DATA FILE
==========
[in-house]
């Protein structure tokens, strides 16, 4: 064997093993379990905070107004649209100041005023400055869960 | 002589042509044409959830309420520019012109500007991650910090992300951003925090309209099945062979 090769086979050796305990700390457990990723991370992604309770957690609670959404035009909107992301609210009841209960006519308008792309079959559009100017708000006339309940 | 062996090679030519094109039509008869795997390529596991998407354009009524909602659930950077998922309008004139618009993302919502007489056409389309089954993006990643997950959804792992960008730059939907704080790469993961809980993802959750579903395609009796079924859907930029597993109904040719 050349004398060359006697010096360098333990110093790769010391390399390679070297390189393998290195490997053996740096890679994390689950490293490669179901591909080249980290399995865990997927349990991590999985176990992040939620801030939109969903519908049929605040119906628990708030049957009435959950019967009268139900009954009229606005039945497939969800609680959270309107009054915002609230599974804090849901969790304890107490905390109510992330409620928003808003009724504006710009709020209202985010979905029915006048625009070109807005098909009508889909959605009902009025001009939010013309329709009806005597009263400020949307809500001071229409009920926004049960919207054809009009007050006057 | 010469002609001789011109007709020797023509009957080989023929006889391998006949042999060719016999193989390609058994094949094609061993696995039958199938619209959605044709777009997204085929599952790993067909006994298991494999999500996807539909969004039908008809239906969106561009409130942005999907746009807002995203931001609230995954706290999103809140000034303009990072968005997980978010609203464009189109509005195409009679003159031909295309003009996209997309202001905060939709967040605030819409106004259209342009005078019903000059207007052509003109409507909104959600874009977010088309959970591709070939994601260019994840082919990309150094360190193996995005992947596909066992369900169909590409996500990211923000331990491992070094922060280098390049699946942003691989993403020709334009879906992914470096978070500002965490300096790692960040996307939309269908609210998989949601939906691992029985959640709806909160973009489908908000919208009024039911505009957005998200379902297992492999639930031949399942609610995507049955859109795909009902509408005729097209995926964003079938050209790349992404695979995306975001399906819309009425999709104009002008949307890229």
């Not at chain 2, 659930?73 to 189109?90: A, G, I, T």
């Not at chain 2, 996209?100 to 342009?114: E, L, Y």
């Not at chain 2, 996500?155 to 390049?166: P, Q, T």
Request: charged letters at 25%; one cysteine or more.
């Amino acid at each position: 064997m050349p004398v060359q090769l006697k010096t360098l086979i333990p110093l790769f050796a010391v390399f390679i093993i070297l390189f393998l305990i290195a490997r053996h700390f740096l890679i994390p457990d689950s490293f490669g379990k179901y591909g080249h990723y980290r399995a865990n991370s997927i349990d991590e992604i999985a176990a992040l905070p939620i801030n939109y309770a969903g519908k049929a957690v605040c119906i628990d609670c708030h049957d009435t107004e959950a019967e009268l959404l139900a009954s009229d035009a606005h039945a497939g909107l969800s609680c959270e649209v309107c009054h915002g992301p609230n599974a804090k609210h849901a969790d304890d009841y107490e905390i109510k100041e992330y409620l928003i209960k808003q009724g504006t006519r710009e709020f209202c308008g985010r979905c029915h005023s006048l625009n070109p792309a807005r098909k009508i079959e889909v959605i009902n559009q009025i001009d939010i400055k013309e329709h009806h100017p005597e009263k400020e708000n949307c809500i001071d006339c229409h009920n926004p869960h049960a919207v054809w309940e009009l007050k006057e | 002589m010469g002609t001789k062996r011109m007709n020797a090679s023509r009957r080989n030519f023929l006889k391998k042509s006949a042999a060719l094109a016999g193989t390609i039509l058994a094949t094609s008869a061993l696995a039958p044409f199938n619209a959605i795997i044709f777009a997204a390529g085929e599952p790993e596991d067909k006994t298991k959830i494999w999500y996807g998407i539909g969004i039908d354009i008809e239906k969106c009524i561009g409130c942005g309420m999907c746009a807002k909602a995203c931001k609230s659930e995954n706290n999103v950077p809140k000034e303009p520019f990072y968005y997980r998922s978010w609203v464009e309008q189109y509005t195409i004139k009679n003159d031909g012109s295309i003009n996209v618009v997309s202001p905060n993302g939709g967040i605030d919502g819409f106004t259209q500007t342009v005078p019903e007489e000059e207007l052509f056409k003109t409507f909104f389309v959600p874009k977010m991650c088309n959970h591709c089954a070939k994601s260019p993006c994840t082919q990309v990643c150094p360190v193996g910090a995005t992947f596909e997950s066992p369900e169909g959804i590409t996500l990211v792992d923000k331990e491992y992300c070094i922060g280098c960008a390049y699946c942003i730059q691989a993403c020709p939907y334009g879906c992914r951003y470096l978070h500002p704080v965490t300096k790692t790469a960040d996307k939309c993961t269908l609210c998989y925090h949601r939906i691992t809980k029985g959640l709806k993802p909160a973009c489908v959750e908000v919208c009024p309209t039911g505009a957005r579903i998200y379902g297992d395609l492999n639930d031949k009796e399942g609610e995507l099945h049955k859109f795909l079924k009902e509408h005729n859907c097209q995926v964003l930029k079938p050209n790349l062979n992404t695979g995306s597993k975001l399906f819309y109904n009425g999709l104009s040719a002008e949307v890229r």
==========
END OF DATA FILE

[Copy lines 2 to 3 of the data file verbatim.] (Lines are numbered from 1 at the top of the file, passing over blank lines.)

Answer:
């Protein structure tokens, strides 16, 4: 064997093993379990905070107004649209100041005023400055869960 | 002589042509044409959830309420520019012109500007991650910090992300951003925090309209099945062979 090769086979050796305990700390457990990723991370992604309770957690609670959404035009909107992301609210009841209960006519308008792309079959559009100017708000006339309940 | 062996090679030519094109039509008869795997390529596991998407354009009524909602659930950077998922309008004139618009993302919502007489056409389309089954993006990643997950959804792992960008730059939907704080790469993961809980993802959750579903395609009796079924859907930029597993109904040719 050349004398060359006697010096360098333990110093790769010391390399390679070297390189393998290195490997053996740096890679994390689950490293490669179901591909080249980290399995865990997927349990991590999985176990992040939620801030939109969903519908049929605040119906628990708030049957009435959950019967009268139900009954009229606005039945497939969800609680959270309107009054915002609230599974804090849901969790304890107490905390109510992330409620928003808003009724504006710009709020209202985010979905029915006048625009070109807005098909009508889909959605009902009025001009939010013309329709009806005597009263400020949307809500001071229409009920926004049960919207054809009009007050006057 | 010469002609001789011109007709020797023509009957080989023929006889391998006949042999060719016999193989390609058994094949094609061993696995039958199938619209959605044709777009997204085929599952790993067909006994298991494999999500996807539909969004039908008809239906969106561009409130942005999907746009807002995203931001609230995954706290999103809140000034303009990072968005997980978010609203464009189109509005195409009679003159031909295309003009996209997309202001905060939709967040605030819409106004259209342009005078019903000059207007052509003109409507909104959600874009977010088309959970591709070939994601260019994840082919990309150094360190193996995005992947596909066992369900169909590409996500990211923000331990491992070094922060280098390049699946942003691989993403020709334009879906992914470096978070500002965490300096790692960040996307939309269908609210998989949601939906691992029985959640709806909160973009489908908000919208009024039911505009957005998200379902297992492999639930031949399942609610995507049955859109795909009902509408005729097209995926964003079938050209790349992404695979995306975001399906819309009425999709104009002008949307890229």
């Not at chain 2, 659930?73 to 189109?90: A, G, I, T």